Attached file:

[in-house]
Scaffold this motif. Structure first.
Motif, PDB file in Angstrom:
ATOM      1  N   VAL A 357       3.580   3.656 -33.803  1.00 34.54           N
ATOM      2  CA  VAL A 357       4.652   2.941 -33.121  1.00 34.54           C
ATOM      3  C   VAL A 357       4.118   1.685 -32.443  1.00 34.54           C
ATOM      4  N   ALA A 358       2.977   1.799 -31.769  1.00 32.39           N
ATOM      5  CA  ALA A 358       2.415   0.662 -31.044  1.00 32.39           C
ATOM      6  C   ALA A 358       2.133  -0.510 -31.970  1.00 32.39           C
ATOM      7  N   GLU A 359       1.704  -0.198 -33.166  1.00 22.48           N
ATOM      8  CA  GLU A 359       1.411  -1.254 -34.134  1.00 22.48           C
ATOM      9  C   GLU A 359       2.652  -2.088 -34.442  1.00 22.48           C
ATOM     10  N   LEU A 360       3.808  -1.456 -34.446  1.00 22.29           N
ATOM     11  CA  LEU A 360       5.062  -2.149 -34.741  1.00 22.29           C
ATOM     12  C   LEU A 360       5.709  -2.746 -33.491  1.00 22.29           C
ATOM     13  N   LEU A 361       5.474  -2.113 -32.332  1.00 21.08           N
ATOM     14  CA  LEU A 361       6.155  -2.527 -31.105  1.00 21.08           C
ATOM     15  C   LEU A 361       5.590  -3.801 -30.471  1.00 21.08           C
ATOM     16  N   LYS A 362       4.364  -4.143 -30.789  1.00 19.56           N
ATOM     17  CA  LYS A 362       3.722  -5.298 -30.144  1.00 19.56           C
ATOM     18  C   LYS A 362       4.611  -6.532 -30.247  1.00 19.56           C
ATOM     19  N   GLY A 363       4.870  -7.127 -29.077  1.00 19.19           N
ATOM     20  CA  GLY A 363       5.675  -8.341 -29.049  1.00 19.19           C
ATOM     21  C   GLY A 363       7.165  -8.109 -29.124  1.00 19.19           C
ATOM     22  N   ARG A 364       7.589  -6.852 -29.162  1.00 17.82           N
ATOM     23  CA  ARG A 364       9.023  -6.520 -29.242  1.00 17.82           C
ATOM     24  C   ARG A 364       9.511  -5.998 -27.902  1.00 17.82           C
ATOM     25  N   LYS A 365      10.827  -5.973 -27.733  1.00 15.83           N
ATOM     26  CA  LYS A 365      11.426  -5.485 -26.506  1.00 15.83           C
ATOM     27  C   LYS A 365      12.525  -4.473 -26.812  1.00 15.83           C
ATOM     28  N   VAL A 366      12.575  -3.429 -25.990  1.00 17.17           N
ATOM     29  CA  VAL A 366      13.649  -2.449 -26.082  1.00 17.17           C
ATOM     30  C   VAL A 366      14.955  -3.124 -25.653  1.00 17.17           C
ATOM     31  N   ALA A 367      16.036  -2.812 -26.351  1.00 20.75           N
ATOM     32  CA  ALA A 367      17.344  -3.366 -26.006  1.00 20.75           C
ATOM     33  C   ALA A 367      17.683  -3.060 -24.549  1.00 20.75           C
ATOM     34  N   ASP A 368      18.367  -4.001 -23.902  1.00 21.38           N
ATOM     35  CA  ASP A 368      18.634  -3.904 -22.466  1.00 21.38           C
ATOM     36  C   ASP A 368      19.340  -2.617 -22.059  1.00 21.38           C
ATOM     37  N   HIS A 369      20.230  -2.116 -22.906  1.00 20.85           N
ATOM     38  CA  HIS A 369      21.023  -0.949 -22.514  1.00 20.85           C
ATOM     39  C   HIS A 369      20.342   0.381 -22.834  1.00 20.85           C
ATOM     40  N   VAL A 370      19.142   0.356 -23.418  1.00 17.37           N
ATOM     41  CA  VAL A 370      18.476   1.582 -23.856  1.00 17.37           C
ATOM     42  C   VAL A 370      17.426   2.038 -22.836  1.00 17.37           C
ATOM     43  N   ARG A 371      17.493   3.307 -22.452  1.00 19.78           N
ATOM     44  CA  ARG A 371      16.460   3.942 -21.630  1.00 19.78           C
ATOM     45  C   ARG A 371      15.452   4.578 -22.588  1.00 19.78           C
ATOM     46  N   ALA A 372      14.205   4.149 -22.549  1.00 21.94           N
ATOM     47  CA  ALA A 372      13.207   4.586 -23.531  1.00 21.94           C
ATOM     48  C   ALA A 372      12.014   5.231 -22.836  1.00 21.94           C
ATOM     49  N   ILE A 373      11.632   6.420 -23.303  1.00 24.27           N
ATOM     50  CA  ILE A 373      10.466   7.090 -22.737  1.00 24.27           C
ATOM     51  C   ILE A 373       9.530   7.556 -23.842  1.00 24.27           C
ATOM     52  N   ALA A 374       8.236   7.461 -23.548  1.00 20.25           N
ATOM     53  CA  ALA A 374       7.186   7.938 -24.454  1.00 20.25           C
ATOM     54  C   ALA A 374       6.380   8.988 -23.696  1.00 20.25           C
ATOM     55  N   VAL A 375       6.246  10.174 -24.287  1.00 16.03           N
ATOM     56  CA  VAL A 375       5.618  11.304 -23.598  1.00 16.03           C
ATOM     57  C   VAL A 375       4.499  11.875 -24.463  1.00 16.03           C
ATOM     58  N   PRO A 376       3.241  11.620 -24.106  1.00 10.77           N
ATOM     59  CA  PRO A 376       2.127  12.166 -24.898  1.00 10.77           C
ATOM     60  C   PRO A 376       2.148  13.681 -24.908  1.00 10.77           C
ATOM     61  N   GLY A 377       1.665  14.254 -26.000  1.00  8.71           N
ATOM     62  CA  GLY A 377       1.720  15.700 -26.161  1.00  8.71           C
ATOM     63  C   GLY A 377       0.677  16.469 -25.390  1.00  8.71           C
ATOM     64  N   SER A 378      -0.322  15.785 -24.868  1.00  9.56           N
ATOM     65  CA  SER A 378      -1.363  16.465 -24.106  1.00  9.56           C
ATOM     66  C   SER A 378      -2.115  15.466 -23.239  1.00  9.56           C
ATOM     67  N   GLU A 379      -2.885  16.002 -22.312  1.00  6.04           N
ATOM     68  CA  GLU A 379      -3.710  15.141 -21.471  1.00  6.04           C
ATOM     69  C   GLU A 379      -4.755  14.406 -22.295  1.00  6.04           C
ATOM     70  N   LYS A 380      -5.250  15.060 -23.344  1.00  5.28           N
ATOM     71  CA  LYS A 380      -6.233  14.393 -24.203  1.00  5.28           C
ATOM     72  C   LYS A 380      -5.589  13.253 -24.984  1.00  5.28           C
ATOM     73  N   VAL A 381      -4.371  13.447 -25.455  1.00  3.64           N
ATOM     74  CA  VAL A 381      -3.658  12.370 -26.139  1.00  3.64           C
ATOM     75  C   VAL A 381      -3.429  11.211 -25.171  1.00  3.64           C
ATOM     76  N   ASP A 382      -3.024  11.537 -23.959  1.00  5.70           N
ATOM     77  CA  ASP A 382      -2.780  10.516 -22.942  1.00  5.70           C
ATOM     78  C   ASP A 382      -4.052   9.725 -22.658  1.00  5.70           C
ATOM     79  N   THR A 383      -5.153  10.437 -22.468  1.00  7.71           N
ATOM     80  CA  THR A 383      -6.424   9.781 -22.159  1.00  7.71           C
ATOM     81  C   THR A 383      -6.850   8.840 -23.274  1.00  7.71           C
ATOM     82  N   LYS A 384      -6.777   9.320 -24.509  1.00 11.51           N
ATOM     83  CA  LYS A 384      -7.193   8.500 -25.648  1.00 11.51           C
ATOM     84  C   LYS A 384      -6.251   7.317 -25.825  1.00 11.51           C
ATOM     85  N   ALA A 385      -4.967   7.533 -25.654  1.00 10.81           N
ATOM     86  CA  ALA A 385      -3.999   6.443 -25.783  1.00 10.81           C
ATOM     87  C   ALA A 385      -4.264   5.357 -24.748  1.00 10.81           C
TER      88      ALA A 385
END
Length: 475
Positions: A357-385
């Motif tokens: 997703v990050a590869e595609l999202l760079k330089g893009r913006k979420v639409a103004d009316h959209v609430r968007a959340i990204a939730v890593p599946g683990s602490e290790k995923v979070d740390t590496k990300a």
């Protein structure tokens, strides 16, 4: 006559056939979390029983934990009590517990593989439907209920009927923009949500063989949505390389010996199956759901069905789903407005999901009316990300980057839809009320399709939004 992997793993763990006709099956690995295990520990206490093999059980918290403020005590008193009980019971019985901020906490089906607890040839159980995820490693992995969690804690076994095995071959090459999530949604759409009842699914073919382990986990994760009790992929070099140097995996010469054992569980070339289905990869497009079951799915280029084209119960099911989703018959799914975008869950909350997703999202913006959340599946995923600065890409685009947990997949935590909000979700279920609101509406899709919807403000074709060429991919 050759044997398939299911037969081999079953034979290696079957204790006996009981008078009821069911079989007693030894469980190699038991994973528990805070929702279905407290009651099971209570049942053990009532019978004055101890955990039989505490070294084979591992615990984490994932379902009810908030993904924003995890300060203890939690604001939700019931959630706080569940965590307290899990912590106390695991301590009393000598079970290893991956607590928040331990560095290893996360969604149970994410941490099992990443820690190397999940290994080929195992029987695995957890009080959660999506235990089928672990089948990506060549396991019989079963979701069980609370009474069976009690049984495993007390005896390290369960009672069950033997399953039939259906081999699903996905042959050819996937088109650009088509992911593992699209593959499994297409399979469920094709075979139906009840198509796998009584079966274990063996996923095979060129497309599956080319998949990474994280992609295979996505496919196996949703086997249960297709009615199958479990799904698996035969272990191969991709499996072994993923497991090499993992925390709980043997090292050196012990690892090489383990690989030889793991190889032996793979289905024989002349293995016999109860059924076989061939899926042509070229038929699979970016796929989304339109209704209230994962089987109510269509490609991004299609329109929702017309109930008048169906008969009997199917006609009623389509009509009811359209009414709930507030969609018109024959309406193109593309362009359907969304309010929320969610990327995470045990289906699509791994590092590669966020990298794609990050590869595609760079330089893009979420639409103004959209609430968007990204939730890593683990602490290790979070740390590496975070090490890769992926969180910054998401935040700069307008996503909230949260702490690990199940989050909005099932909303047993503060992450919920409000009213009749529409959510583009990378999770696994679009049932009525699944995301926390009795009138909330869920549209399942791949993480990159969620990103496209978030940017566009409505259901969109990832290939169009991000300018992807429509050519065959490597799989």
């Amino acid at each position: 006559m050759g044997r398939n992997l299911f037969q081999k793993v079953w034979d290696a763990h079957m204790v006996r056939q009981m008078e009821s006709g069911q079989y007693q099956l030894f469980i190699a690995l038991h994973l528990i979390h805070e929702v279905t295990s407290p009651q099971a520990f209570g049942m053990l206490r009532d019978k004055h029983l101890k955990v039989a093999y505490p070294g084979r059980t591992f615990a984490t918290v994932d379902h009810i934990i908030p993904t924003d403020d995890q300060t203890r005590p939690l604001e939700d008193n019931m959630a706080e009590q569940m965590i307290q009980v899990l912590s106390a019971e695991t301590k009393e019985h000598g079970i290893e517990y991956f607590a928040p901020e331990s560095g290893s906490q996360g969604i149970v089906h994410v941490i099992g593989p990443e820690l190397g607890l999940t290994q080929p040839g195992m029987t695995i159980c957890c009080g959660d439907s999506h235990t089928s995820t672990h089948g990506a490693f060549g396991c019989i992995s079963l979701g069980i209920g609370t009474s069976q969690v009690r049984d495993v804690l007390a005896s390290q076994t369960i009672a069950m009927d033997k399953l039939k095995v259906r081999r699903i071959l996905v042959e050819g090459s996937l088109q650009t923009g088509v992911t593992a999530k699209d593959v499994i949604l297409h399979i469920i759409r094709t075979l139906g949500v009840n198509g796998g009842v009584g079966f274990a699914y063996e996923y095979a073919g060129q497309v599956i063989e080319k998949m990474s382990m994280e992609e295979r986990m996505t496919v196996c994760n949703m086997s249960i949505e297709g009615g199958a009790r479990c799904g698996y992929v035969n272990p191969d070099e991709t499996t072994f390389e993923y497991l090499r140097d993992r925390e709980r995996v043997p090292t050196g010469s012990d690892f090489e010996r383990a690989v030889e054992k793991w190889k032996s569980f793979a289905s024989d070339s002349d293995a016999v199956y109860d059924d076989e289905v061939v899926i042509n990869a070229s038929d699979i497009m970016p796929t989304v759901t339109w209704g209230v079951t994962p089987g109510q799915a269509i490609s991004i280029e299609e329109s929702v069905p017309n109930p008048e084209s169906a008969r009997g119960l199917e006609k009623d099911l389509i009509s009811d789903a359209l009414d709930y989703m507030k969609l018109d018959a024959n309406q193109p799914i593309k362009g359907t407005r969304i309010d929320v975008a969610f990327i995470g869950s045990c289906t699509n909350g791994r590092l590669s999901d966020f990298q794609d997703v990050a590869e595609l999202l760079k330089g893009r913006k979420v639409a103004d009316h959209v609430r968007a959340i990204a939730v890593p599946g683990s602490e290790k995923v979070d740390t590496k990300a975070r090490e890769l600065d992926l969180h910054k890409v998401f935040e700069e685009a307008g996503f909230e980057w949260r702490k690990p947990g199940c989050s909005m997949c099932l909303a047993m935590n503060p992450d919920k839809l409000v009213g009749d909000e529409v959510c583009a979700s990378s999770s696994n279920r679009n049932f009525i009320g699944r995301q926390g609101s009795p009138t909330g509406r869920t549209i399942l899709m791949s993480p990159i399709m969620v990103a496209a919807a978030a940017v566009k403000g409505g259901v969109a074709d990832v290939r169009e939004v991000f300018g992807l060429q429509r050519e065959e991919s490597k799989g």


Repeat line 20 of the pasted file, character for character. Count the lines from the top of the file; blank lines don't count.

ATOM     17  CA  LYS A 362       3.722  -5.298 -30.144  1.00 19.56           C